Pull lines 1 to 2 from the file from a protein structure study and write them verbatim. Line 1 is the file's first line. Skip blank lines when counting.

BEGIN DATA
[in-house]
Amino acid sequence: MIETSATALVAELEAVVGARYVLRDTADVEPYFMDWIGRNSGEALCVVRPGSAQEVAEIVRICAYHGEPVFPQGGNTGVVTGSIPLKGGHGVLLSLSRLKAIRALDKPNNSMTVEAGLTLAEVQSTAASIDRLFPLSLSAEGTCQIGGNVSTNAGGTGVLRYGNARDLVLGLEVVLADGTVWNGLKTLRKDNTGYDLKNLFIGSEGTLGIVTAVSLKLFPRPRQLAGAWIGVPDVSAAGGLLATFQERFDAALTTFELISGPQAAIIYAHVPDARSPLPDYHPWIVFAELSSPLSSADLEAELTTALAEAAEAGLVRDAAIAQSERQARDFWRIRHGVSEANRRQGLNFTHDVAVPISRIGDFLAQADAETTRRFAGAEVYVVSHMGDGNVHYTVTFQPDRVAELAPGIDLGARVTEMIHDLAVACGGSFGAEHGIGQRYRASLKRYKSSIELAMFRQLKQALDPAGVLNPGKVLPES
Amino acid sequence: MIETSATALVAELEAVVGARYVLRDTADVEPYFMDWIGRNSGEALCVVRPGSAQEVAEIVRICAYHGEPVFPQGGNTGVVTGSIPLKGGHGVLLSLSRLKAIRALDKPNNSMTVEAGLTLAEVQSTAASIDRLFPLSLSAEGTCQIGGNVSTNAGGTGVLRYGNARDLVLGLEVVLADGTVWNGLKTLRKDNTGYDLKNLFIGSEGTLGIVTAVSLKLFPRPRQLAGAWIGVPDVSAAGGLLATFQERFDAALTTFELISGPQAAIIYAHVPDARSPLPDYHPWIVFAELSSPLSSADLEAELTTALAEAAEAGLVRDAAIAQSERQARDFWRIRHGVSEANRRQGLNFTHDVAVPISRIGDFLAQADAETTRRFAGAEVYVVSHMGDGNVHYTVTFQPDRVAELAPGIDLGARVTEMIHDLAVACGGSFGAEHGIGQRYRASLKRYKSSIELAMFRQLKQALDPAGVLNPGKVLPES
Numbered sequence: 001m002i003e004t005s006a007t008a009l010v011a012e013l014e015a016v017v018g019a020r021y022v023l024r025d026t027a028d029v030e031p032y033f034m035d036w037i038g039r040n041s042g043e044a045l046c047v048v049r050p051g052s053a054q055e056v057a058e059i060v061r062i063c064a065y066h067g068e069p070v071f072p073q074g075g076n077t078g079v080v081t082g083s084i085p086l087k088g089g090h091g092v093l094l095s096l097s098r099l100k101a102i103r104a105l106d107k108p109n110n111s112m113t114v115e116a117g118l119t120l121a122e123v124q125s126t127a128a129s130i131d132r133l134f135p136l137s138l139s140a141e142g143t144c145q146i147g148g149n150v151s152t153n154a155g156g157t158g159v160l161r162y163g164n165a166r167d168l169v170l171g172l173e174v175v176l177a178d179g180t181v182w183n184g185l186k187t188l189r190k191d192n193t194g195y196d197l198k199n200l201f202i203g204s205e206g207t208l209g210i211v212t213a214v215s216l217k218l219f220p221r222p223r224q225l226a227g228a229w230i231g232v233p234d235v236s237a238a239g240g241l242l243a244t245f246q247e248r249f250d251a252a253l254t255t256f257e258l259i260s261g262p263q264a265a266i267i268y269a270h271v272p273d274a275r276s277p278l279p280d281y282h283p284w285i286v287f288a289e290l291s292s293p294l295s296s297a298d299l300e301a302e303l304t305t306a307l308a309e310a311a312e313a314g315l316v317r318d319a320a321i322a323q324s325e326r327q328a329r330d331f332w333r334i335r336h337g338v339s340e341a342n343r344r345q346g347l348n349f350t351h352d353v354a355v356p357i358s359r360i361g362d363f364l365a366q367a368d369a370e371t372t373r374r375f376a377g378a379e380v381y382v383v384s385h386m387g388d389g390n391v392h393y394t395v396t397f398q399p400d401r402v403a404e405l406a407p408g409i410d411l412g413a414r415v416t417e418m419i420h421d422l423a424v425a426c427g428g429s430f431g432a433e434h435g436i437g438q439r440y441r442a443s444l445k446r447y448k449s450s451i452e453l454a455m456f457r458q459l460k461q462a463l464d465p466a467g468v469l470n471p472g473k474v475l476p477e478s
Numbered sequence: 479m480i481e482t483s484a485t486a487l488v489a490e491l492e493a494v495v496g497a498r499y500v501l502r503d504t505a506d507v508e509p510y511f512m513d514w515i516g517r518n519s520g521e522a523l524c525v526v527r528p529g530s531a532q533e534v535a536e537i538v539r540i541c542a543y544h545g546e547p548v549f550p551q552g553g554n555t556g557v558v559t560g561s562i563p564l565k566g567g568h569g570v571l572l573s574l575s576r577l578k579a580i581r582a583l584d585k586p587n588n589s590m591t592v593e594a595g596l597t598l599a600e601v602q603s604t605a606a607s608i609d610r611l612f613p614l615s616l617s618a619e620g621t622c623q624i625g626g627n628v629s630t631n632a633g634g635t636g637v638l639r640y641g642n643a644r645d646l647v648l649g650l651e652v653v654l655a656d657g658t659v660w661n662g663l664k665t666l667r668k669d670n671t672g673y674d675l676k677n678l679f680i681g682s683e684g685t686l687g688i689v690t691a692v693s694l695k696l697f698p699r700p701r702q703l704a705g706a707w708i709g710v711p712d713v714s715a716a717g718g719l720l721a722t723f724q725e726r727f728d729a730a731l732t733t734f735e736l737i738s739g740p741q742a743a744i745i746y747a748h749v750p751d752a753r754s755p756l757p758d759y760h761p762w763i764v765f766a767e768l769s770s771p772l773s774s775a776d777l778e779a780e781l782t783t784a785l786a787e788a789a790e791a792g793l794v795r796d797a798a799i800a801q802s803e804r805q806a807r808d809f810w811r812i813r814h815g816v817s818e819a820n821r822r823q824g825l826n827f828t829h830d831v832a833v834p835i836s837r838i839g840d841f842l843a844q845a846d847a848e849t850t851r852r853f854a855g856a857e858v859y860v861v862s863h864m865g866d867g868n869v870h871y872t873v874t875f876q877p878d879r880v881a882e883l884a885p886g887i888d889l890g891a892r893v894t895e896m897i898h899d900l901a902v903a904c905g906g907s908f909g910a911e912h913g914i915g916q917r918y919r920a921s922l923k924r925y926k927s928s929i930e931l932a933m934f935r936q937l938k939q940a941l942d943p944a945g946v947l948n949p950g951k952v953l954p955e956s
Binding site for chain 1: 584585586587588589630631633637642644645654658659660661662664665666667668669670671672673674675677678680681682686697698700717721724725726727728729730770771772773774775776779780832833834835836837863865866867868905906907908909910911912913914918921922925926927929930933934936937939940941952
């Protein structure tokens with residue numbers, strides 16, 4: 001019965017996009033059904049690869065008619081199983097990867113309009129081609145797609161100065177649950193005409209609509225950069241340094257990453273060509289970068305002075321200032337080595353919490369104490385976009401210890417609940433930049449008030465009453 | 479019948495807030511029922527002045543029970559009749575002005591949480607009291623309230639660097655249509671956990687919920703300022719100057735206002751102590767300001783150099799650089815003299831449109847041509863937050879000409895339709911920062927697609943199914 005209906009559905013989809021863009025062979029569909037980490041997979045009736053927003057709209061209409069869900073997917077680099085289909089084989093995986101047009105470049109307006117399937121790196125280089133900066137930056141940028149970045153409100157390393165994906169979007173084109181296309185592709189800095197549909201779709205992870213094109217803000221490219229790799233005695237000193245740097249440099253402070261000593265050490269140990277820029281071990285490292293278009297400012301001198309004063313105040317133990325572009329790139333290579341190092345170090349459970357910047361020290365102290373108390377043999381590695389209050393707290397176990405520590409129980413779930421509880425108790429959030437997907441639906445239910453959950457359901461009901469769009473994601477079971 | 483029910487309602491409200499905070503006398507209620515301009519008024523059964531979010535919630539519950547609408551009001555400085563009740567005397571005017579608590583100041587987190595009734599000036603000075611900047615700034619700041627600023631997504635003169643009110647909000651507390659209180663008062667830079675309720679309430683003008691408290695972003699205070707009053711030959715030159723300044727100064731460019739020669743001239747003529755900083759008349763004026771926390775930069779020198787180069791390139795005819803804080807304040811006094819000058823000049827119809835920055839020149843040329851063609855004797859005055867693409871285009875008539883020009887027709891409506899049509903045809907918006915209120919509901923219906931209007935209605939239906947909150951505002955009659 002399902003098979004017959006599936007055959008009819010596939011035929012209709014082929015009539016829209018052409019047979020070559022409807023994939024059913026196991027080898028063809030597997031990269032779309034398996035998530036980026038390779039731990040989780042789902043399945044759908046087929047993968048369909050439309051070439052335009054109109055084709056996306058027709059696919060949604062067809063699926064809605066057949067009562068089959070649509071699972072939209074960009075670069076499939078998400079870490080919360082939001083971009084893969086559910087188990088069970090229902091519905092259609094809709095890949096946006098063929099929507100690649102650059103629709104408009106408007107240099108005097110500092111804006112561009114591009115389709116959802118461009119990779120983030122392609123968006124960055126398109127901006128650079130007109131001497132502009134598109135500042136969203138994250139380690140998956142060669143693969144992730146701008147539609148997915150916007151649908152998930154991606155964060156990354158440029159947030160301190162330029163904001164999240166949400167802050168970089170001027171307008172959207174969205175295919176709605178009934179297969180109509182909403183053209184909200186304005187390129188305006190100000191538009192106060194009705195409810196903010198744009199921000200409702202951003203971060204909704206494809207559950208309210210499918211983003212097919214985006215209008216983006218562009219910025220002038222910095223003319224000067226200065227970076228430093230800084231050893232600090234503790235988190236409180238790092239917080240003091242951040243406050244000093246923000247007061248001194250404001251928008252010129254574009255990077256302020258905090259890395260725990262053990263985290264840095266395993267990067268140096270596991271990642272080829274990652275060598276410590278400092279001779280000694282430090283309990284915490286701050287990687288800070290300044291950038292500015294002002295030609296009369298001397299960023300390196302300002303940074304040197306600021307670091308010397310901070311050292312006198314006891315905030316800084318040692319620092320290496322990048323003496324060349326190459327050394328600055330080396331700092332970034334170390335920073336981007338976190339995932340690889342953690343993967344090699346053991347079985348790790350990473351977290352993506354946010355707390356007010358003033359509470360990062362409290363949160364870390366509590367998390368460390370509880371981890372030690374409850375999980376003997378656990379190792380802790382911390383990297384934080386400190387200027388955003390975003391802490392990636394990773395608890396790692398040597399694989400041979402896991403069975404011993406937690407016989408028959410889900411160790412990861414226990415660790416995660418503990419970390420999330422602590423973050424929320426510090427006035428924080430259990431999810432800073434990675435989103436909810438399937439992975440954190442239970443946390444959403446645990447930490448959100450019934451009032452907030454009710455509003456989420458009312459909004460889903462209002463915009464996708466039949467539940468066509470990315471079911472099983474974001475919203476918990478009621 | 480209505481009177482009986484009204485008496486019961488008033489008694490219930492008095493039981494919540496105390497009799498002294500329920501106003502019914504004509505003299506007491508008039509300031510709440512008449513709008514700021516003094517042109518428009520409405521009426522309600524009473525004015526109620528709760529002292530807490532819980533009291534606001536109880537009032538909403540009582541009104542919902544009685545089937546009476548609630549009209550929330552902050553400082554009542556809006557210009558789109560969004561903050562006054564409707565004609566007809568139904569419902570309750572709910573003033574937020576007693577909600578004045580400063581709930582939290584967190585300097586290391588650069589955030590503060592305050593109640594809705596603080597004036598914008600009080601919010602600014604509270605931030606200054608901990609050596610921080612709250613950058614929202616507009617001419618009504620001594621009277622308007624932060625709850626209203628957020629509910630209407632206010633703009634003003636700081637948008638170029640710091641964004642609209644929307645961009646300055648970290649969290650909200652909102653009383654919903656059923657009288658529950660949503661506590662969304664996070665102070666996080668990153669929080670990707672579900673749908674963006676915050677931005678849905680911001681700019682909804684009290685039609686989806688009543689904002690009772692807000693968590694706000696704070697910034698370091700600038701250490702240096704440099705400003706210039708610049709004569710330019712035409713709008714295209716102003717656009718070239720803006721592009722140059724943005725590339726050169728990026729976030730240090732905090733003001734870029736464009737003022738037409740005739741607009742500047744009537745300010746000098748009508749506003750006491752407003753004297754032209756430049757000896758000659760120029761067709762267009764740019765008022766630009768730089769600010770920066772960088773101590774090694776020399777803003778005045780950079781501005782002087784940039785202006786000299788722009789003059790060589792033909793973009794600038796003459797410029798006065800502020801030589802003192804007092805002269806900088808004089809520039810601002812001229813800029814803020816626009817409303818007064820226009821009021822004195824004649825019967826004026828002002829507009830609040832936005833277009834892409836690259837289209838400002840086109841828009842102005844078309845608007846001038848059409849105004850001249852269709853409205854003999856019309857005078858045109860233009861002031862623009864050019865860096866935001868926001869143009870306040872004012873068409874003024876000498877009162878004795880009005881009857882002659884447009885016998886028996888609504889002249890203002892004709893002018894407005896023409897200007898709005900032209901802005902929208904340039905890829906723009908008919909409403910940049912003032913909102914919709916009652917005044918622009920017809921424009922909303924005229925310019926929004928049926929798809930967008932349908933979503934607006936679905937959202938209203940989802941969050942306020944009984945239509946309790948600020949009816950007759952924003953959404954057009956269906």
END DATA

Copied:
[in-house]
Amino acid sequence: MIETSATALVAELEAVVGARYVLRDTADVEPYFMDWIGRNSGEALCVVRPGSAQEVAEIVRICAYHGEPVFPQGGNTGVVTGSIPLKGGHGVLLSLSRLKAIRALDKPNNSMTVEAGLTLAEVQSTAASIDRLFPLSLSAEGTCQIGGNVSTNAGGTGVLRYGNARDLVLGLEVVLADGTVWNGLKTLRKDNTGYDLKNLFIGSEGTLGIVTAVSLKLFPRPRQLAGAWIGVPDVSAAGGLLATFQERFDAALTTFELISGPQAAIIYAHVPDARSPLPDYHPWIVFAELSSPLSSADLEAELTTALAEAAEAGLVRDAAIAQSERQARDFWRIRHGVSEANRRQGLNFTHDVAVPISRIGDFLAQADAETTRRFAGAEVYVVSHMGDGNVHYTVTFQPDRVAELAPGIDLGARVTEMIHDLAVACGGSFGAEHGIGQRYRASLKRYKSSIELAMFRQLKQALDPAGVLNPGKVLPES